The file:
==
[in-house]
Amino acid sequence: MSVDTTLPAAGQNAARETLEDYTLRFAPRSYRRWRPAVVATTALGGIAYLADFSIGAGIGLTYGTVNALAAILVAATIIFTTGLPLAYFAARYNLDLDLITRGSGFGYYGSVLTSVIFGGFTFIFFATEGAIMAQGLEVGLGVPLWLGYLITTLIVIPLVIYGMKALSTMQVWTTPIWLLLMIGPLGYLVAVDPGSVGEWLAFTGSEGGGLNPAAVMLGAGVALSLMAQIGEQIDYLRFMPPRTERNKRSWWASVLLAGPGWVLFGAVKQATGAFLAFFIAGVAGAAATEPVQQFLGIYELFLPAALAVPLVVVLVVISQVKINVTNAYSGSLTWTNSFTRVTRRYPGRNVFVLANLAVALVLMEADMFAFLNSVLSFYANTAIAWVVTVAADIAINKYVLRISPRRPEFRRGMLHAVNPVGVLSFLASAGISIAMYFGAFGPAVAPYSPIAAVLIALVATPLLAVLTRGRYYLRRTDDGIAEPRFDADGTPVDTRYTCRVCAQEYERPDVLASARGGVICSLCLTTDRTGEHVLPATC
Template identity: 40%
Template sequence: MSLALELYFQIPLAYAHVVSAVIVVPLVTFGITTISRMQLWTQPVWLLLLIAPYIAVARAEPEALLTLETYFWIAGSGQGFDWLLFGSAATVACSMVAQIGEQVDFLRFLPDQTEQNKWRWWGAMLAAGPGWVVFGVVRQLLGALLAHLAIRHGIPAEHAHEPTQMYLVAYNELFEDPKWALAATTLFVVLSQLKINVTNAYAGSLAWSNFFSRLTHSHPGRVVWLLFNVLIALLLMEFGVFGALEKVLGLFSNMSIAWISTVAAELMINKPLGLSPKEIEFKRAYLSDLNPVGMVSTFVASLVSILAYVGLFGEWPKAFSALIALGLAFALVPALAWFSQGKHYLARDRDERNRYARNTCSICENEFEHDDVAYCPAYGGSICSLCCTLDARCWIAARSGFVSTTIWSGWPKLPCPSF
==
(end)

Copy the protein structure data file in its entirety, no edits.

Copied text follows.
[in-house]
Amino acid sequence: MSVDTTLPAAGQNAARETLEDYTLRFAPRSYRRWRPAVVATTALGGIAYLADFSIGAGIGLTYGTVNALAAILVAATIIFTTGLPLAYFAARYNLDLDLITRGSGFGYYGSVLTSVIFGGFTFIFFATEGAIMAQGLEVGLGVPLWLGYLITTLIVIPLVIYGMKALSTMQVWTTPIWLLLMIGPLGYLVAVDPGSVGEWLAFTGSEGGGLNPAAVMLGAGVALSLMAQIGEQIDYLRFMPPRTERNKRSWWASVLLAGPGWVLFGAVKQATGAFLAFFIAGVAGAAATEPVQQFLGIYELFLPAALAVPLVVVLVVISQVKINVTNAYSGSLTWTNSFTRVTRRYPGRNVFVLANLAVALVLMEADMFAFLNSVLSFYANTAIAWVVTVAADIAINKYVLRISPRRPEFRRGMLHAVNPVGVLSFLASAGISIAMYFGAFGPAVAPYSPIAAVLIALVATPLLAVLTRGRYYLRRTDDGIAEPRFDADGTPVDTRYTCRVCAQEYERPDVLASARGGVICSLCLTTDRTGEHVLPATC
Template identity: 40%
Template sequence: MSLALELYFQIPLAYAHVVSAVIVVPLVTFGITTISRMQLWTQPVWLLLLIAPYIAVARAEPEALLTLETYFWIAGSGQGFDWLLFGSAATVACSMVAQIGEQVDFLRFLPDQTEQNKWRWWGAMLAAGPGWVVFGVVRQLLGALLAHLAIRHGIPAEHAHEPTQMYLVAYNELFEDPKWALAATTLFVVLSQLKINVTNAYAGSLAWSNFFSRLTHSHPGRVVWLLFNVLIALLLMEFGVFGALEKVLGLFSNMSIAWISTVAAELMINKPLGLSPKEIEFKRAYLSDLNPVGMVSTFVASLVSILAYVGLFGEWPKAFSALIALGLAFALVPALAWFSQGKHYLARDRDERNRYARNTCSICENEFEHDDVAYCPAYGGSICSLCCTLDARCWIAARSGFVSTTIWSGWPKLPCPSF